Chapter 12: Utilisation of Coal Combustion Products in Agriculture


Isa Yunusa, University of Technology Sydney, NSW
Veeragathipillai Manoharan, University of Technology Sydney, NSW & University of New England, Armidale, NSW
Margaret Burchett, University of Technology Sydney, NSW
Derek Eamus, University of Technology Sydney, NSW
Greg Skilbeck, University of Technology Sydney, NSW


As indicated in Chapters 1 and 2, coal combustion products (CCPs) include fly ash, bottom ash, boiler slag (furnace bottom ash) and flue gas desulfurisation material (FGD). The latter, however, is not produced by Australian coal-fired power stations. Fly ash represents the largest component of the group, accounting for up to 90% of the CCPs produced. The chemical composition of fly ash generally reflects the mineral matter of the parent coal, while the physical features (size and shape) of the particles often make it suited as an alternative material in applications that use sand, gravel or gypsum. Fly ash is made up of fine (1.0–100 µm), powdery particles, composed of crystalline minerals, amorphous aluminosilicates, and small proportions of unburnt carbon. The texture of fly ash is comparable to that of “silt and fine sand” soils (Adriano et al. 1980; Aitken et al. 1984; Palumbo et al. 2004). It is these general characteristics, both in terms of elemental composition and physical properties, which have generated increasing interest in fly ash as a viable product for soil management in crop and pasture production systems in Australia and in many other parts of the world.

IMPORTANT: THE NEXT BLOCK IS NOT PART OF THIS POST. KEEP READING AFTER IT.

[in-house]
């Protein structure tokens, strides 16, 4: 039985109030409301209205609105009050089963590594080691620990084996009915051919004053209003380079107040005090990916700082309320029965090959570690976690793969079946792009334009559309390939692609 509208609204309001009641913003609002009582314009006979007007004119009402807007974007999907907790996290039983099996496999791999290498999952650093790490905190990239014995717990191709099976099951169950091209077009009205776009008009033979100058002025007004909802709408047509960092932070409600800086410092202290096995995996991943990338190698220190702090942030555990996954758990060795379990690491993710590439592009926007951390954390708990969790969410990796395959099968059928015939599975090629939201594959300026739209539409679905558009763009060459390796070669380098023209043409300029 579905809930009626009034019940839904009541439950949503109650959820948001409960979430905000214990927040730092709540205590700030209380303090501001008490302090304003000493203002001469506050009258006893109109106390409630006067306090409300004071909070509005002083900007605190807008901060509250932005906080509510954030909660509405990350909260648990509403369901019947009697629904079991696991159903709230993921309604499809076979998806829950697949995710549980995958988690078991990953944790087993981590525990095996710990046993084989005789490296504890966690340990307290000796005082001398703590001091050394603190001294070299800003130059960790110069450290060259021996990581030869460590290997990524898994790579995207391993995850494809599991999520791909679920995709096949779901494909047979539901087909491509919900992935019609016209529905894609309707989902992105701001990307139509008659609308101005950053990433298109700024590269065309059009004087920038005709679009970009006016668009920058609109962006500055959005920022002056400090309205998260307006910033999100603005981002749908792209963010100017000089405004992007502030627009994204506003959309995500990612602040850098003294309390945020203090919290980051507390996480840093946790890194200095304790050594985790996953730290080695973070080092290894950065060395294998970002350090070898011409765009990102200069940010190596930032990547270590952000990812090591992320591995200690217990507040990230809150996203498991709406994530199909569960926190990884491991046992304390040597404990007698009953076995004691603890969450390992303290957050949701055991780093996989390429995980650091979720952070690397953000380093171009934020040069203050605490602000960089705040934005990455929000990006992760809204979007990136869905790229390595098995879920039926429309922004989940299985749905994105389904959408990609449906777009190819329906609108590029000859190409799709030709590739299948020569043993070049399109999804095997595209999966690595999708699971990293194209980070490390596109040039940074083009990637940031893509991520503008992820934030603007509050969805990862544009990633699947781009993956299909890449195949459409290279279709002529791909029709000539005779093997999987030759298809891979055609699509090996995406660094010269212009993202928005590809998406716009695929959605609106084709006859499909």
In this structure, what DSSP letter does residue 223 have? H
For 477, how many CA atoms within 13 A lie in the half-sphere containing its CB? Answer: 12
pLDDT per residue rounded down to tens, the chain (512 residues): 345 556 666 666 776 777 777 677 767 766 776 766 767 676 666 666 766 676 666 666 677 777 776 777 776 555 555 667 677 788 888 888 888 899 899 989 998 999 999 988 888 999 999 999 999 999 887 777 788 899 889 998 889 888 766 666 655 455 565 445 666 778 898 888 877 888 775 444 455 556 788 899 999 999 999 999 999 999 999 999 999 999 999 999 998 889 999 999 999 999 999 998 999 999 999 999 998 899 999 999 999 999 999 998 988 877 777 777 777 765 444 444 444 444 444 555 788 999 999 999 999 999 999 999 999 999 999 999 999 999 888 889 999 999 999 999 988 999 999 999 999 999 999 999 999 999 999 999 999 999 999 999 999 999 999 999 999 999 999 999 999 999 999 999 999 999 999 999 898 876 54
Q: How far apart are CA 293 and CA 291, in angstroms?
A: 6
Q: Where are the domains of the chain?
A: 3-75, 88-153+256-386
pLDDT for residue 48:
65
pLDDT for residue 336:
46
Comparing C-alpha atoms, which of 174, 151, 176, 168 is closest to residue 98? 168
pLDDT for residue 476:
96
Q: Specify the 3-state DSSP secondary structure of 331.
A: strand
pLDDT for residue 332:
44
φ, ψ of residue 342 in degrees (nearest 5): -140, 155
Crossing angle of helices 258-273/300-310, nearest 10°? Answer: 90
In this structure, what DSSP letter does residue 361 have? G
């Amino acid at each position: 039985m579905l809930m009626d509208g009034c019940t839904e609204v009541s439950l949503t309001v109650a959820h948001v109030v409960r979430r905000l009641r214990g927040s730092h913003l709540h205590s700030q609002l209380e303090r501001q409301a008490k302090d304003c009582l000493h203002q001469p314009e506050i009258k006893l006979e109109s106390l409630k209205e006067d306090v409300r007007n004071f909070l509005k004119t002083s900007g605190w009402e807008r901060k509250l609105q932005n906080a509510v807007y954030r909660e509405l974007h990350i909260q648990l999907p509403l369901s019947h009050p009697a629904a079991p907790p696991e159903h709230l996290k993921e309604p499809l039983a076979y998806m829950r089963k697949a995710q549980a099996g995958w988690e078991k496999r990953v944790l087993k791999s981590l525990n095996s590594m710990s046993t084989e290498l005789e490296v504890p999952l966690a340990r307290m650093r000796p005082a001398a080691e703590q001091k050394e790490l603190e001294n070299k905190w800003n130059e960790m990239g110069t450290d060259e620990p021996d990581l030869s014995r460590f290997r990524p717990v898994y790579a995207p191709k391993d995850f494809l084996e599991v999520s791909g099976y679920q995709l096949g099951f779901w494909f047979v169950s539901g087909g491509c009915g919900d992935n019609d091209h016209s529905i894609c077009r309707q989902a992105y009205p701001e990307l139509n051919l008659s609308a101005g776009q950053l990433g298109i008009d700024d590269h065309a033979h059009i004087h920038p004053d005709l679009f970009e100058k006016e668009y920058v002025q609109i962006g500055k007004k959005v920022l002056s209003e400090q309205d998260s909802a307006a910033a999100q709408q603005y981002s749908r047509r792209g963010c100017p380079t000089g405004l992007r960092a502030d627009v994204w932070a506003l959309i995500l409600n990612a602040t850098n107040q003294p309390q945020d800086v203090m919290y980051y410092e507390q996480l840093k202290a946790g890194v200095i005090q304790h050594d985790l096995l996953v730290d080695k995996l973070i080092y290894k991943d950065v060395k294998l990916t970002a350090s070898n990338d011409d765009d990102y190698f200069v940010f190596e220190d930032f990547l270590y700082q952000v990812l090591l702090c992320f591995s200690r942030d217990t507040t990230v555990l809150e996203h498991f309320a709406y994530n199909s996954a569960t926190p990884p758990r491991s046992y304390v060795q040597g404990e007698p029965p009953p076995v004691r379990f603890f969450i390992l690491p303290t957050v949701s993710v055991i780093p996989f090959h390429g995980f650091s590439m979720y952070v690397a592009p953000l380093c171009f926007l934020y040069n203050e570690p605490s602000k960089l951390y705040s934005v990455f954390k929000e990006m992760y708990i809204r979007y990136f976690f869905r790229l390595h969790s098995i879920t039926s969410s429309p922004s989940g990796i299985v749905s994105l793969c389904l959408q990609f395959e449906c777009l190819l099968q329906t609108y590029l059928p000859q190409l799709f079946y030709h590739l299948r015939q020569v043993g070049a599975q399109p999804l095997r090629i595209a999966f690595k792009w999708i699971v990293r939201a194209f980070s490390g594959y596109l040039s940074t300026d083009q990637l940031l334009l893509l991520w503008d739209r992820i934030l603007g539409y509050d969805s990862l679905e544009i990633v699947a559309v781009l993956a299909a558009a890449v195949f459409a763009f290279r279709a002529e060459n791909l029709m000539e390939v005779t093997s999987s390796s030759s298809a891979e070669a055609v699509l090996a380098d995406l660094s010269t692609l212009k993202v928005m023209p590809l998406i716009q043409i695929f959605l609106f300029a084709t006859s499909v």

Most agricultural soils have inherent structural and nutritional deficiencies that in many cases have been further exacerbated by modern farming systems. Farming involves frequent use of machinery, cultivation of exotic crops and trees, and application of synthetic fertilisers and pesticides. Modern agricultural practices have profoundly altered the structural and chemical characteristics of the soil, which in Australia is evident in the increasing acidity, salinity and sodicity (Rengasamy 2002; Yunusa & Newton 2003). Intensive and continuous cropping tends to mine the soil of nutrients through harvest and removal of plant materials.


  1. 12.1 Introduction
  2. 12.2 Benefits of Fly Ash in the Management of Australian Agricultural Soils
    1. 12.2.1 Mitigation of soil acidity
    2. 12.2.2 Amelioration of sodicity
    3. 12.2.3 Nutrient supply
    4. 12.2.4 Amelioration of soil structural and hydrological properties
  3. 12.3 Phytotoxic Considerations
  4. 12.4 Overall Benefit of Fly Ash to Plant Production
  5. 12.5 Choosing Fly Ash for Agricultural Soils
    1. 12.5.1 Salinity
    2. 12.5.2 Boron concentration
    3. 12.5.3 pH
  6. 12.6 Applying Fly Ash to Soil
  7. 12.7 Regulatory Imperatives
  8. 12.8 Other Considerations
    1. 12.8.1 Soil biota
    2. 12.8.2 Composting and/or blending of ash
    3. 12.8.3 Cost–benefit considerations
  9. 12.9 Emerging Issues and Opportunities
  10. 12.10 Concluding Remarks
  11. 12.11 References

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